PowerA Fusion Pro Review: Customize your Xbox One controller for $80 [Video]

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PowerA Fusion Pro controller and components on desk

If you’re a competitive player on Xbox One, one way to add some more capabilities to your controller is by picking one up with swappable components. Microsoft has its own awesome version with the Elite Series 2, but if you don’t want to drop $180 on a controller, the feature-packed Fusion Pro from PowerA is worth a look at just $80. Head below to watch the video and see it in action.

Out of the Box

One of the main things that sets the Fusion Pro apart from the Microsoft Elite controller is its wired design. At 9.8ft it should be long enough for most setups, but if you are playing further way from a display than that, the Fusion controller probably isn’t a good fit for you. The cable is removable but has a secure clip at the controller and an in-line quick release plug to prevent tripping over it and damaging a console.


Like the Elite gamepad, the Fusion controller has removable paddles. One difference though is that the pro pack must be installed, and the paddles can be inserted or removed from that pro pack. Installation is easy, just remove the connection cover and snap in the pro-pack.

Button Mapping

With the pro-pack installed, now different inputs can be mapped to the paddles underneath the controller. To map a button, first, hold the program on the back of the controller for 3-seconds. Next, choose the input you would like to map to a paddle. This can be almost any function on the controller including triggers and bumpers, d-pad and ABXY, and even thumbstick clicks. Once you press the input you want to map, then push the paddle you want to map it to and it’s ready to go.

PowerA Fusion Pro: Video

I’ve been using the Microsoft Elite controller for a while with the standard ABXY button mappings on the paddles so I mapped these inputs to the paddles on the Fusion Pro controller. It was very easy to do and takes only a matter of seconds.

Since I have been using the Elite controller for years, the paddles on the Fusion do feel quite a bit different. They are larger and more flexible, which ends up taking a little more effort to press the buttons. If you haven’t used a controller with paddles in the past then you might not notice this, and the more that I used the Fusion Pro controller the more I got used to how the paddles feel.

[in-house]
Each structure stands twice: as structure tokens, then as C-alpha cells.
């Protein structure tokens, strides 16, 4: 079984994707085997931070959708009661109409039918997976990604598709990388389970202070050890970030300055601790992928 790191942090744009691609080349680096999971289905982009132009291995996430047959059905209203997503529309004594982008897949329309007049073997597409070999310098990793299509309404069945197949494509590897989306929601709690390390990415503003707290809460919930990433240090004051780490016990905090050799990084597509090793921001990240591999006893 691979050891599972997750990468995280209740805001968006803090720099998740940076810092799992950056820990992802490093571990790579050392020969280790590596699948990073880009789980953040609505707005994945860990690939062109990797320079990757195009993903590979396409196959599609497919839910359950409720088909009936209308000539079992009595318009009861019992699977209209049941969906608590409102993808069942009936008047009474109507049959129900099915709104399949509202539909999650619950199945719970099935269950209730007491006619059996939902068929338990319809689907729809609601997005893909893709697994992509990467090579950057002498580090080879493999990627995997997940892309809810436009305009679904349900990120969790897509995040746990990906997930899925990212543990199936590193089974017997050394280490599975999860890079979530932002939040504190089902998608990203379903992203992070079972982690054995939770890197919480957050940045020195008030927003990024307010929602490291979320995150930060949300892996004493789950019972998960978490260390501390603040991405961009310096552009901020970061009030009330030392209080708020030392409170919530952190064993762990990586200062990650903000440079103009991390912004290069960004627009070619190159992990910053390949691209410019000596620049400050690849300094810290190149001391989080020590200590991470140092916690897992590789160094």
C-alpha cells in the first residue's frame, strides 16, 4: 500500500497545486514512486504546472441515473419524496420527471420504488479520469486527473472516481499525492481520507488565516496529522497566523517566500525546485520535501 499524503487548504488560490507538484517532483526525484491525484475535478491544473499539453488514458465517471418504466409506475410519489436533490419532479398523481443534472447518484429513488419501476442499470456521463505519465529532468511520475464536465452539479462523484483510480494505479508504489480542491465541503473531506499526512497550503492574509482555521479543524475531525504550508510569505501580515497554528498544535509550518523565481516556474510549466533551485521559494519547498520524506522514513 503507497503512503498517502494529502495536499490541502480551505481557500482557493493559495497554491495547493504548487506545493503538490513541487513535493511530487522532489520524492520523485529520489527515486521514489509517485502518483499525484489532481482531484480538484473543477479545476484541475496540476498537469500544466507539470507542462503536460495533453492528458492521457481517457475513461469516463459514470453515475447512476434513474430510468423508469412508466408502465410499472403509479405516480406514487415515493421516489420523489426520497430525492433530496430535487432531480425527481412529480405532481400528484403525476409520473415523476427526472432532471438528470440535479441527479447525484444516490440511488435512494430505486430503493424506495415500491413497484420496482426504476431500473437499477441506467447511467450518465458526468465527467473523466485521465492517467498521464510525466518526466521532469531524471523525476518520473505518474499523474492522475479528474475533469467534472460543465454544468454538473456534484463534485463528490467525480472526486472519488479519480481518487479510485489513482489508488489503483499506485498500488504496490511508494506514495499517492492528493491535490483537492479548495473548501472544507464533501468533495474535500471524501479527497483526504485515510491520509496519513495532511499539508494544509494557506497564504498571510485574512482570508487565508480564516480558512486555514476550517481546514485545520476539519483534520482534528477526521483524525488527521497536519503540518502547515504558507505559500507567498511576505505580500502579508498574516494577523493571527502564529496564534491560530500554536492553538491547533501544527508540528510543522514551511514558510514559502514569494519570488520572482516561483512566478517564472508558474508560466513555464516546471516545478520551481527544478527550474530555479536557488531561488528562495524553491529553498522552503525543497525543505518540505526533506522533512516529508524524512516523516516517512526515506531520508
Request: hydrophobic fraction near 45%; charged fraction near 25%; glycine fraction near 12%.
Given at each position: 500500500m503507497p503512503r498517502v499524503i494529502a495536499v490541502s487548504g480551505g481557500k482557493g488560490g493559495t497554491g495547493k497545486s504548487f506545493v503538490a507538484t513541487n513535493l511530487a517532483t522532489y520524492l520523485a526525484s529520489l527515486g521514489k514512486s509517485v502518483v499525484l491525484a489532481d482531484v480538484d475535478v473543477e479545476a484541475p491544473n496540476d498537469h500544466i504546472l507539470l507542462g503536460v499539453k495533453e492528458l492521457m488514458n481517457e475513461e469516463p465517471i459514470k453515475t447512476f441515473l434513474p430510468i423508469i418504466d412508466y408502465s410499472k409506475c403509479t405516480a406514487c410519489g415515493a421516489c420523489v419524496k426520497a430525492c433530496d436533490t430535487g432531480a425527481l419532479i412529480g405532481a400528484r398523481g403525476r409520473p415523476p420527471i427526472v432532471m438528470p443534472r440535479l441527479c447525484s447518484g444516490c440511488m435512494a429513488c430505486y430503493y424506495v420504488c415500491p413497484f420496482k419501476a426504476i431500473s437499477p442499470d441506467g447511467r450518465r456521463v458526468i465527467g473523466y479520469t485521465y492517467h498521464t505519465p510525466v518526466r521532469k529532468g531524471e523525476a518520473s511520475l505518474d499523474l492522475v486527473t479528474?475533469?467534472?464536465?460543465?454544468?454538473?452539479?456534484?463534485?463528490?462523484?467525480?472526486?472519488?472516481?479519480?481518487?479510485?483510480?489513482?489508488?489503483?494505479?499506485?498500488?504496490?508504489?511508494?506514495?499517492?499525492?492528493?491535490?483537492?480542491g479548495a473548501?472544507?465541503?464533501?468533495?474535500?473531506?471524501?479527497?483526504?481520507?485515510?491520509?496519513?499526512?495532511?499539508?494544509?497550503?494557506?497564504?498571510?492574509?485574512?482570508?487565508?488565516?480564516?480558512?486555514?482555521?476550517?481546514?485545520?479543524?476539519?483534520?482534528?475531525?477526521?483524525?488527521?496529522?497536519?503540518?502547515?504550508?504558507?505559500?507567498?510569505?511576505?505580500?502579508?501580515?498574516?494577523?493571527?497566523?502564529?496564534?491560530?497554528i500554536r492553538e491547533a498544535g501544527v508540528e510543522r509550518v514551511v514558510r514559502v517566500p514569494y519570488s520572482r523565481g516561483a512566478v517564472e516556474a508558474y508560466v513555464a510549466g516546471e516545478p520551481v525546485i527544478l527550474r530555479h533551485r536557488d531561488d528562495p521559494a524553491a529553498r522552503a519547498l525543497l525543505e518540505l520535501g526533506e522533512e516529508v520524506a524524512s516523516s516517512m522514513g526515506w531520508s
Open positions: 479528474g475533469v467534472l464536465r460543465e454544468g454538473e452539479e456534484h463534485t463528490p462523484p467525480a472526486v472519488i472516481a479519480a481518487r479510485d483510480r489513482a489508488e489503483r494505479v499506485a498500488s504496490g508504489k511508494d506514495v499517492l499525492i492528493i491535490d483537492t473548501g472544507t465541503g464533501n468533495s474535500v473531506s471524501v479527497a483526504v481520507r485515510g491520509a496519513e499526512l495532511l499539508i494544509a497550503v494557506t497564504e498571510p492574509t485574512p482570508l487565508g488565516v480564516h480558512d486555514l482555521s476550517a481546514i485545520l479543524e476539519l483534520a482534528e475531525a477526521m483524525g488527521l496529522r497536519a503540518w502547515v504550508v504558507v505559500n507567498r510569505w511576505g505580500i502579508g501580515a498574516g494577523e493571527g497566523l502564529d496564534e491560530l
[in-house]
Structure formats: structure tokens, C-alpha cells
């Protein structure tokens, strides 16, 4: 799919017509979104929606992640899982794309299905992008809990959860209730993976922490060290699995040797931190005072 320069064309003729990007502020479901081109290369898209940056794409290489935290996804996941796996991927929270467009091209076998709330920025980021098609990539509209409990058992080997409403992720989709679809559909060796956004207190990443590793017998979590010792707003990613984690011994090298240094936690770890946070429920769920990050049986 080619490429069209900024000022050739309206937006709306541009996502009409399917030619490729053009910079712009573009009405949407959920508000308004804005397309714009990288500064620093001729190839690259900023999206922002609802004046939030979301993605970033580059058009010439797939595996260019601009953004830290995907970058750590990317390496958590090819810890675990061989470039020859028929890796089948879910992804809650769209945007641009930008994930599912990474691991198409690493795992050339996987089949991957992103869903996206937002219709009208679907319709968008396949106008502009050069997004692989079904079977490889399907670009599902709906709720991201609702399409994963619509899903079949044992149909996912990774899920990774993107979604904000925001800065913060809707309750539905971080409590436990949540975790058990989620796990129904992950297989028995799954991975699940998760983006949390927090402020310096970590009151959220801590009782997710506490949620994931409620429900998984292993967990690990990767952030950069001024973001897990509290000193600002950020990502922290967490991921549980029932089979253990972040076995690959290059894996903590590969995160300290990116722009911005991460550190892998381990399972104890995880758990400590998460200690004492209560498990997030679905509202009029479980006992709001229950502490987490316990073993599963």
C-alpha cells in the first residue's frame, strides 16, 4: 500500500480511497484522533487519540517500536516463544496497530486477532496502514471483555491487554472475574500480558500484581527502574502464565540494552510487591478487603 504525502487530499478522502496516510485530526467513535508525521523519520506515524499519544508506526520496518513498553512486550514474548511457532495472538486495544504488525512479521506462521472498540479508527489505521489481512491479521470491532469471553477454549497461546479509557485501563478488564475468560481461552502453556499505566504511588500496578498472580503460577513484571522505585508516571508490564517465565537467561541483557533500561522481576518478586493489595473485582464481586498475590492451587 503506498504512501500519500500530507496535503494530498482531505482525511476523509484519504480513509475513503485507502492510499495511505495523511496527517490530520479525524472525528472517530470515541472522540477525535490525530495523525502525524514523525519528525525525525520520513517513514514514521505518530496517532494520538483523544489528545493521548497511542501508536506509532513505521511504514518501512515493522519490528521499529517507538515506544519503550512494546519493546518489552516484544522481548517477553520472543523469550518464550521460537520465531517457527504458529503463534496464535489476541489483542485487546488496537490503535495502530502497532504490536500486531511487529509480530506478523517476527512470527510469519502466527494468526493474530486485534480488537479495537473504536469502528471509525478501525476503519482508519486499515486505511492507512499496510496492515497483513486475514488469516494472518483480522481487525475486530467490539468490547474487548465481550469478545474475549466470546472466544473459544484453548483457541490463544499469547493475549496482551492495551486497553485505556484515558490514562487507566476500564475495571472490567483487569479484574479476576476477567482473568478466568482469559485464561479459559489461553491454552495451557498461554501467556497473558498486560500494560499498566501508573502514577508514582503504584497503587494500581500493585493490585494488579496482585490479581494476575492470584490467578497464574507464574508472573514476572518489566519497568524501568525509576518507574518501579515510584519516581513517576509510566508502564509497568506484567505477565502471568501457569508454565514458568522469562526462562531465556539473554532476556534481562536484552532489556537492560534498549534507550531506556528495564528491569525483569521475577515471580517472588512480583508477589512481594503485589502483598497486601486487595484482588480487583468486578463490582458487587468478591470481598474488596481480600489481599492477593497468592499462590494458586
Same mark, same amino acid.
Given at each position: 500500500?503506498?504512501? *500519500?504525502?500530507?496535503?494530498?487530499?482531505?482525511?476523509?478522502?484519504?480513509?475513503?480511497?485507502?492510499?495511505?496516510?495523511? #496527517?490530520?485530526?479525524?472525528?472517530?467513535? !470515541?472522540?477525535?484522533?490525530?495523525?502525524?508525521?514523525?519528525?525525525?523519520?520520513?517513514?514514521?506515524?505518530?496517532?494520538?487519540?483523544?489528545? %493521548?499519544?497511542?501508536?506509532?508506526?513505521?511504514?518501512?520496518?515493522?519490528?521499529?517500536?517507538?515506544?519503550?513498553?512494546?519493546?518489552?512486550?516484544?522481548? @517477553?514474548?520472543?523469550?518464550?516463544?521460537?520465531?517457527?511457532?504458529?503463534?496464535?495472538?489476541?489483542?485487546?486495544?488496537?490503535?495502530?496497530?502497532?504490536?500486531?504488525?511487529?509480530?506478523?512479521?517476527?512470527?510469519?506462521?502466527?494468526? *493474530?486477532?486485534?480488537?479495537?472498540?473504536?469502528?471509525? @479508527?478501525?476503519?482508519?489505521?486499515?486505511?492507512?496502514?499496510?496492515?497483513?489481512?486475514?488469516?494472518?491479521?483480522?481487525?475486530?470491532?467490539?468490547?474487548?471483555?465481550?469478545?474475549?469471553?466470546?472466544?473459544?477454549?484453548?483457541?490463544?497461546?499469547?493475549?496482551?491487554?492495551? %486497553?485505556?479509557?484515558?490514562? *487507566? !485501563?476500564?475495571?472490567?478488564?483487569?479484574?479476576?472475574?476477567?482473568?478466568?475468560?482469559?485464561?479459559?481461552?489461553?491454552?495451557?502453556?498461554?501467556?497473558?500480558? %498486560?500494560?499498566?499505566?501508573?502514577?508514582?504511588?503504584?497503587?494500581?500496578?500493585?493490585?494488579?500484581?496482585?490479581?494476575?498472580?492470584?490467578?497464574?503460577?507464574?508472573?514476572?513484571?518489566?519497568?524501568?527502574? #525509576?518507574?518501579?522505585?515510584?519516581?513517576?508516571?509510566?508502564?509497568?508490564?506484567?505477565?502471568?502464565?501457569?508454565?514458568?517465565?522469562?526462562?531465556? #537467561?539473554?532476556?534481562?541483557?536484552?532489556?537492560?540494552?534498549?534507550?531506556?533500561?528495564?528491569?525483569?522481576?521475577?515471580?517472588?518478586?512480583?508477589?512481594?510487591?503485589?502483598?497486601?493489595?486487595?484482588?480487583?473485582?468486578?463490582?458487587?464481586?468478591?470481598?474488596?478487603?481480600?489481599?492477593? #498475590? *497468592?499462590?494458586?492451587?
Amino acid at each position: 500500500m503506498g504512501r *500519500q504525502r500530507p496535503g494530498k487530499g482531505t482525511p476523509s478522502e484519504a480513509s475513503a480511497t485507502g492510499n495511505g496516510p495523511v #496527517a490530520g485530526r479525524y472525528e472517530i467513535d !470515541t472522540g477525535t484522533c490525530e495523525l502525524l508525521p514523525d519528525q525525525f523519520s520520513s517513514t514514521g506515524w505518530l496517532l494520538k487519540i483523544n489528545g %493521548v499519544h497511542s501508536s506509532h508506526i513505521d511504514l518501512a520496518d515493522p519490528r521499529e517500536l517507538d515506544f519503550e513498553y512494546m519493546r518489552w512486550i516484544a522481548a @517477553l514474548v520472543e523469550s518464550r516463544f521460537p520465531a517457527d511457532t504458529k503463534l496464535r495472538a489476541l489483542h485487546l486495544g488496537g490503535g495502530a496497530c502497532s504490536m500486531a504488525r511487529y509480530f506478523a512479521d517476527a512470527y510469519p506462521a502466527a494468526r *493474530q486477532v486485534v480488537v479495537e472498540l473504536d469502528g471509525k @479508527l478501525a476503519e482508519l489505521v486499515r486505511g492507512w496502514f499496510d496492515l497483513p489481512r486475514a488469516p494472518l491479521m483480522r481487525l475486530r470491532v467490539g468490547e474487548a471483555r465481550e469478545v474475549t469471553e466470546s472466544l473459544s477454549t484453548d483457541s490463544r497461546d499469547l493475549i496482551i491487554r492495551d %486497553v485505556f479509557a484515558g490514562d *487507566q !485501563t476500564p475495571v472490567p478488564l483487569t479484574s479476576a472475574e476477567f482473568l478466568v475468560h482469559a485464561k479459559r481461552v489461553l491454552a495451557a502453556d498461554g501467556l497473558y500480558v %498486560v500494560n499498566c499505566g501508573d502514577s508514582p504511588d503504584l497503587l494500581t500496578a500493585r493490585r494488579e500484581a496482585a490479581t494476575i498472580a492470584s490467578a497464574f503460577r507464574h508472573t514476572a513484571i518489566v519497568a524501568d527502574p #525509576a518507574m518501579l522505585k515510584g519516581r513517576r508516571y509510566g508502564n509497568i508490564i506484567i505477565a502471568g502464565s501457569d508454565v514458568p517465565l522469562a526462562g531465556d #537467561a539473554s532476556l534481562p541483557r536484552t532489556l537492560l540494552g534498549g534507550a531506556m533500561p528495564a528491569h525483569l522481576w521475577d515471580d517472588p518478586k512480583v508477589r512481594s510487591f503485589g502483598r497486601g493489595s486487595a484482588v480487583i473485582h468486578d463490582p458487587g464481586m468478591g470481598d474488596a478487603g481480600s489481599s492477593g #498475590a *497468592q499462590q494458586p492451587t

Trigger locks

For those that want a quicker response with trigger pulls, the Fusion has three different quick swap levels. Compared to a standard Xbox One controller and first-generation Xbox Elite, the Fusion Pro already has a shorter trigger pull. This is great if you want shorter actuation, but it can also affect gameplay. For instance, the triggers are used to zoom in and out of the map on Sea of Thieves, and shortening the triggers slows down that rate of zoom.

Swappable sticks

Last but not least, the Fusion controller features a couple of other swappable components. The stock thumbsticks have a pretty standard rise and shape to them. But there is also a set of taller thumbsticks. To install these, the entire front face of the controller can be pulled up, and then the installed thumbsticks can be pulled up for removal. One of the taller sticks features the same textured perimeter that dips in the middle, and the other has a smooth dome. Both can be placed on either thumbstick stem.

While you’re swapping things out, PowerA has also included a couple of additional colorful accents that can be swapped out around the thumbsticks. This feels a little pointless to me since the border accents around all of the other buttons will remain the same color. If color customization is something you’re really looking for, check out the PowerA Spectra Enhanced controller we reviewed recently. At just $40, it adds some nice features to a standard Xbox One controller along with plenty of changeable lighting.


Overall, the controller feels great. All of the buttons and inputs feel great. Compared to an Elite controller, the paddles are larger and take more force to actuate, but I still got used to them pretty quickly. Of course, being tethered to the console with a cable means your more tied down, but that also means you never have to worry about running out of battery during a crucial moment.

Final Thoughts

If you’re looking for controller customization and the added benefit of paddles on a budget, then the $80 Fusion is definitely a good pick. The paddles are easy to program and worked flawlessly in my testing. If you do have a bit more to spend, though, the added convenience of wireless and the additional features of the Elite Series 2 would be my top pick for Xbox One controllers.

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